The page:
All PAL (Powered Access Licenses) issued by the International Powered Access Federation (IPAF) for training on or after Jan. 1, 2015, will be machine-readable “Smart” PAL cards. The move aims to improve site safety as Smart PAL cards may be used to ensure that only trained operators can use mobile elevating work platforms and mast-climbing work platforms on jobsites.
The Smart PAL Card is marked by a wireless icon and has a chip embedded in it. The data stored on the card, such as the operator name, number and categories trained in, is also printed on the card, which means that the Smart card can still be used as a standard version.
The data in the chip can be read by a card reader fitted to the machine. The reader can be set up to accept certain the data, which in turn will allow the machine to be operated. This means that an aerial machine can be programmed to start only if the operator has the correct training..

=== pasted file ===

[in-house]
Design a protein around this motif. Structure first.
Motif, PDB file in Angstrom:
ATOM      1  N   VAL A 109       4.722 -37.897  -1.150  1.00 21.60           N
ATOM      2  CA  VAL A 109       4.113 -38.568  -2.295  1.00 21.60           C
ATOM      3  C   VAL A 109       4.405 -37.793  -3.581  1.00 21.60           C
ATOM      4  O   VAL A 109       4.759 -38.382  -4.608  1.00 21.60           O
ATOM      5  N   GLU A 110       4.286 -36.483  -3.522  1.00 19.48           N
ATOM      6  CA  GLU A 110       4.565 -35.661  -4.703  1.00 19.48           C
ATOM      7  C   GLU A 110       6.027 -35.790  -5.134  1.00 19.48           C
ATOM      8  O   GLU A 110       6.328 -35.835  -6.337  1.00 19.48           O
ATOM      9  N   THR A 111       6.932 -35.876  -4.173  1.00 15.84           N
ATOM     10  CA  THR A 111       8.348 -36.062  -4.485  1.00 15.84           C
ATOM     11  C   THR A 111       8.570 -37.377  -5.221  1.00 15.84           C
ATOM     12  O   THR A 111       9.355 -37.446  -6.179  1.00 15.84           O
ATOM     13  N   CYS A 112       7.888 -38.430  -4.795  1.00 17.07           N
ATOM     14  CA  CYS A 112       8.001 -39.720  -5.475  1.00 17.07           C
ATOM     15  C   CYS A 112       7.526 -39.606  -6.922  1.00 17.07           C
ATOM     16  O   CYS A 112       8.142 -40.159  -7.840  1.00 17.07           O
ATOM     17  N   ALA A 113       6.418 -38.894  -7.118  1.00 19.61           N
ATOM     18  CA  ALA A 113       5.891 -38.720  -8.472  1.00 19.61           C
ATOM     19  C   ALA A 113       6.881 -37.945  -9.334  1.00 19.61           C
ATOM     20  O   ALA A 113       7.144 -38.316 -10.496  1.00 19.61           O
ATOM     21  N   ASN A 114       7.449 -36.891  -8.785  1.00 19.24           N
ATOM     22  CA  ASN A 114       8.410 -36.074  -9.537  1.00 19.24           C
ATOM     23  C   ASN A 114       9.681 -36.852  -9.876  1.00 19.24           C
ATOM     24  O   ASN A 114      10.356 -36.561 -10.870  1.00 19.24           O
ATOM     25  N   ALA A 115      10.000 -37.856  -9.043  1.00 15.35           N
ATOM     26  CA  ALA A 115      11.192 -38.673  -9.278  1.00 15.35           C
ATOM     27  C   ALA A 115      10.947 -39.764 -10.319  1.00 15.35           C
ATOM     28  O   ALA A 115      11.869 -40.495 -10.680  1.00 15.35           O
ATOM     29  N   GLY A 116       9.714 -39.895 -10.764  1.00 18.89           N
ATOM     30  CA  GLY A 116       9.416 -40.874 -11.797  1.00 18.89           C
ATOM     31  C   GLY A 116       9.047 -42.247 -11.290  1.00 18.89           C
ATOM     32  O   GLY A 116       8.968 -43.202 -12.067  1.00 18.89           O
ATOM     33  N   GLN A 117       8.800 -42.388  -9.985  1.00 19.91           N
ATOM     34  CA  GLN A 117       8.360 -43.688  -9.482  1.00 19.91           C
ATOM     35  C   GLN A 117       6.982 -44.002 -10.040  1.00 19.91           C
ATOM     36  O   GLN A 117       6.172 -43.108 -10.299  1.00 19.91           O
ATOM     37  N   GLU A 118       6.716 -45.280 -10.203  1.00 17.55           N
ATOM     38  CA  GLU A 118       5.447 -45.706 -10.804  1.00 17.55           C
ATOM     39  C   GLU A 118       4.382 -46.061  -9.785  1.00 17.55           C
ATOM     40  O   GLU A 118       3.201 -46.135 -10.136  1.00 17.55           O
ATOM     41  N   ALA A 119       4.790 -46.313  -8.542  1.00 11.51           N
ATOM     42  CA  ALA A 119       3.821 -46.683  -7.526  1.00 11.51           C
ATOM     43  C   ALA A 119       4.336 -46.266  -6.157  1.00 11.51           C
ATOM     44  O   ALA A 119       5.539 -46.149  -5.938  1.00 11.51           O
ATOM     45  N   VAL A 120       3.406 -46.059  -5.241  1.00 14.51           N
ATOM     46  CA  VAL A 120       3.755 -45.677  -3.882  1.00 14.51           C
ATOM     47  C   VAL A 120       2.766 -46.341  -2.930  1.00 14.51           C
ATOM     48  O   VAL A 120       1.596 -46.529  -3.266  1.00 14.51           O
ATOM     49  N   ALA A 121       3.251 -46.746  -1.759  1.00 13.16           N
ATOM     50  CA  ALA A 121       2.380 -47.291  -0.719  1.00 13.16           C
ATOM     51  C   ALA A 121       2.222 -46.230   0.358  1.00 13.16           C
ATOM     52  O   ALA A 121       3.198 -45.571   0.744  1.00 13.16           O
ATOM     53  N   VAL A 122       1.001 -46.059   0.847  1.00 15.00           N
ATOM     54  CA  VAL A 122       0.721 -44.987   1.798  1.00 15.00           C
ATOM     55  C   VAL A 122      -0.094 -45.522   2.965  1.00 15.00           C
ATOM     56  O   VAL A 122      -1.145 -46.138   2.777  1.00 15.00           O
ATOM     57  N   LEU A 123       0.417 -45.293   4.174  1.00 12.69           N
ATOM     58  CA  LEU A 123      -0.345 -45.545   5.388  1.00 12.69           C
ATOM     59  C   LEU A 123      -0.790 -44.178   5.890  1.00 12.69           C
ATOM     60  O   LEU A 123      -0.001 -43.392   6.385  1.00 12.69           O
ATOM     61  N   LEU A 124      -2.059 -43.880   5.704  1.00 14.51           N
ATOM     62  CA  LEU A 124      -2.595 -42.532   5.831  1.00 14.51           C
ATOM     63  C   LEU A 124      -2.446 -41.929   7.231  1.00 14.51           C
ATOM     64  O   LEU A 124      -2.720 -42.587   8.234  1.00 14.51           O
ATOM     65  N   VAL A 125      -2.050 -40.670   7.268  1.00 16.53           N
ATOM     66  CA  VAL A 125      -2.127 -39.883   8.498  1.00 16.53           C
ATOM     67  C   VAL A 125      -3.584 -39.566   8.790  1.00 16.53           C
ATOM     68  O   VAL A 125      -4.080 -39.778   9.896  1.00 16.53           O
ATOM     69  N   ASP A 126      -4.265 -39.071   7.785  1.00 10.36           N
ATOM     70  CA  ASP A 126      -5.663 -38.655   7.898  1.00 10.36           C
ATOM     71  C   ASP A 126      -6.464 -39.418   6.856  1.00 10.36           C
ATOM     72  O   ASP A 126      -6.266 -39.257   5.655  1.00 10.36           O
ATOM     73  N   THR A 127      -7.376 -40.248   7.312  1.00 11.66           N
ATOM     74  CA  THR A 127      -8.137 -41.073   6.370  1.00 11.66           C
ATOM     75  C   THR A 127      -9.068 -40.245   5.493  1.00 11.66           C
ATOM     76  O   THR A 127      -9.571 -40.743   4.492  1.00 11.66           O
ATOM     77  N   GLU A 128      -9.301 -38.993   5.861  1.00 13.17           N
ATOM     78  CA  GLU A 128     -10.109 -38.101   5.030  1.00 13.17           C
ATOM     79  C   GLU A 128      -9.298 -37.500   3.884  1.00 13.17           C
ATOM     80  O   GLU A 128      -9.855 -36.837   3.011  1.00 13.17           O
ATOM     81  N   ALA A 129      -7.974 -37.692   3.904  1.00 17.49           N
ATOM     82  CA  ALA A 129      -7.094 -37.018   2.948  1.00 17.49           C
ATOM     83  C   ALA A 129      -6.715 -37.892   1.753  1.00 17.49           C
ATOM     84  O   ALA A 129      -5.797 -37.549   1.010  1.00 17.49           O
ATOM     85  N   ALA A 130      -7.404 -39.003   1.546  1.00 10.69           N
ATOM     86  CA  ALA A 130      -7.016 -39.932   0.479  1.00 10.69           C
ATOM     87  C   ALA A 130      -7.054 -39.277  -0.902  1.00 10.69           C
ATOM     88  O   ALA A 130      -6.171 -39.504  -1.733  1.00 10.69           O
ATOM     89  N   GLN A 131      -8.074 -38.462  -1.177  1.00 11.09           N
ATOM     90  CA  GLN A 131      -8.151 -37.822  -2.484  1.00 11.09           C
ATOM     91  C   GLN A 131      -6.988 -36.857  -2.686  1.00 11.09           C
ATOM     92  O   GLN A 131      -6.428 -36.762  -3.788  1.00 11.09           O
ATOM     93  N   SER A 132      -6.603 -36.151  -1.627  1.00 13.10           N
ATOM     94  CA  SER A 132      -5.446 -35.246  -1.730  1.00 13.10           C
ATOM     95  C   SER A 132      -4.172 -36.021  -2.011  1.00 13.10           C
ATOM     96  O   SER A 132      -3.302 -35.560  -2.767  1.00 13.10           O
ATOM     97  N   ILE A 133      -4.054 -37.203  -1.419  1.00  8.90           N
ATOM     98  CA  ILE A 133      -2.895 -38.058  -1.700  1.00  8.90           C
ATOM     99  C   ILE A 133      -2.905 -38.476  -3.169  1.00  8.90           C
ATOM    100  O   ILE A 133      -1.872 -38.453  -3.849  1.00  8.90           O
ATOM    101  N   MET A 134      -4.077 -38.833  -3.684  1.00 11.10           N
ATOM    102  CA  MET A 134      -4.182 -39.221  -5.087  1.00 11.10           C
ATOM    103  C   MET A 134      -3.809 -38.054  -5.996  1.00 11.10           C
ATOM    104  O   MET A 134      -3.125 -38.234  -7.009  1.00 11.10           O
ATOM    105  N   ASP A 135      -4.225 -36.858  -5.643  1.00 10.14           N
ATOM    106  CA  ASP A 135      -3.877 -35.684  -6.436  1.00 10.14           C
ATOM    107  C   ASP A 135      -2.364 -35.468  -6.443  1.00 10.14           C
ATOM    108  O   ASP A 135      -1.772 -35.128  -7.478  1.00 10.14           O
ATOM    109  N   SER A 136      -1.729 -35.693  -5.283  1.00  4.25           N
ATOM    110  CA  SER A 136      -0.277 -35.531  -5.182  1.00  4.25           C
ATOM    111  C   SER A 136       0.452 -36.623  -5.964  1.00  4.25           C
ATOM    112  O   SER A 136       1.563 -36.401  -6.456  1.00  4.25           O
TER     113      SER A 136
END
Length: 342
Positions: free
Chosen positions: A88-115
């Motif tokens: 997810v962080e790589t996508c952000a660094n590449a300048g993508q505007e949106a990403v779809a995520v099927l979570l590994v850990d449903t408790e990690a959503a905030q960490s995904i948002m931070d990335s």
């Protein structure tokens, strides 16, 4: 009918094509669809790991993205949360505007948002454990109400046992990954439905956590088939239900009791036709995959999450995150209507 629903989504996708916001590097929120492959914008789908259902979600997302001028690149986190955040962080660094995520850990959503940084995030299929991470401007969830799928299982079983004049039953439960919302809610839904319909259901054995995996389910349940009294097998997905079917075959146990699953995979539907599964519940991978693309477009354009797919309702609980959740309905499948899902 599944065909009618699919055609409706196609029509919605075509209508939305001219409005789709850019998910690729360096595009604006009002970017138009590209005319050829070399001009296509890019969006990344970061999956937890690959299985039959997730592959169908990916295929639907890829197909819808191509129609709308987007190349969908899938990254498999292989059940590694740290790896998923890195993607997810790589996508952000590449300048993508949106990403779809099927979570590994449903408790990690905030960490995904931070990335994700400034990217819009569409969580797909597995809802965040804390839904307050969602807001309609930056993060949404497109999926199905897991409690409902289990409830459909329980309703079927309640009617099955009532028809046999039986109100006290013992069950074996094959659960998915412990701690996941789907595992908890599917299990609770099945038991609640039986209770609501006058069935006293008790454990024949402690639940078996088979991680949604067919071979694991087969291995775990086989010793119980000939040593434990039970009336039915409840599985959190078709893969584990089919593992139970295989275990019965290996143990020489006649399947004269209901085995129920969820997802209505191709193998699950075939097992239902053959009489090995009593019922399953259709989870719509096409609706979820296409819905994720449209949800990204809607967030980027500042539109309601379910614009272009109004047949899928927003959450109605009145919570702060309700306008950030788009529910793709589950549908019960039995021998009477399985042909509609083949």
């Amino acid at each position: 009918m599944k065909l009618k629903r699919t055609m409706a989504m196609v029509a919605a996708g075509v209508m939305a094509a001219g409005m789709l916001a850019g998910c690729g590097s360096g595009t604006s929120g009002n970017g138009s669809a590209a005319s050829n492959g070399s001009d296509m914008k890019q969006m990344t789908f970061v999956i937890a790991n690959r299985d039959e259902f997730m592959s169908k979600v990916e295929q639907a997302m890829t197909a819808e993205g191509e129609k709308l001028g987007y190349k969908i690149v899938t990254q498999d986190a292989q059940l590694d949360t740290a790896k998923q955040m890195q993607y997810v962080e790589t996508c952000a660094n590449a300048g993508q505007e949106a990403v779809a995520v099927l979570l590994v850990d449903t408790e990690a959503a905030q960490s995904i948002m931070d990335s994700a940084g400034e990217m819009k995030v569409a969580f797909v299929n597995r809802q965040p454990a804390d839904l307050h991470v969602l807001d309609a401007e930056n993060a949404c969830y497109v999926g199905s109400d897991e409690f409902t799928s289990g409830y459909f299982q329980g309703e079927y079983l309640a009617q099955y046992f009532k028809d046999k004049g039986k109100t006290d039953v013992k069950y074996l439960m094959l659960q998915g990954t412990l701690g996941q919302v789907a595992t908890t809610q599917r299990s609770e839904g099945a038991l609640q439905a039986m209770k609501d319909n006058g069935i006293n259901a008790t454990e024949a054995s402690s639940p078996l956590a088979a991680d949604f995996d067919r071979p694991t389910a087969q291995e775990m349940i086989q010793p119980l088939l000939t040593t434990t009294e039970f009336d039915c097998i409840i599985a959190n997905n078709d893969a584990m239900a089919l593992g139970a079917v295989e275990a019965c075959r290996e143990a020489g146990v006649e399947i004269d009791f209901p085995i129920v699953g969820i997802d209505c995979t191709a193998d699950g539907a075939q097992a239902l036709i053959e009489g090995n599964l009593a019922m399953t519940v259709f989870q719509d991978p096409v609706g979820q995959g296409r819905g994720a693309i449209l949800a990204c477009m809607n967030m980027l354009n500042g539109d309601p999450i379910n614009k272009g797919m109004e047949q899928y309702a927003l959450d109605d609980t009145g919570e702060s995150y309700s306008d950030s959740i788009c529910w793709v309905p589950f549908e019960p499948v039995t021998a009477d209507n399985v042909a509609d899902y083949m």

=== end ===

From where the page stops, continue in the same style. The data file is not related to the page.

“It is not compulsory to fit car readers on machines and the PAL card is a recognized qualification on many jobsites,” said IPAF CEO Tim Whiteman. “The smartcard technology brings more options and opens up possibilities to make machine access safer and machine use more secure.”
PAL cards are issued to operators who successfully complete the IPAF training program after passing a written and a hands-on test. They are valid for five years and show the machine categories that operators have been trained in. More than 100,000 PAL cards are issues annually through IPAF-approved training centers worldwide.
The validity of a card can be checked by using the online verification tool at www.ipaf.org/checkpal.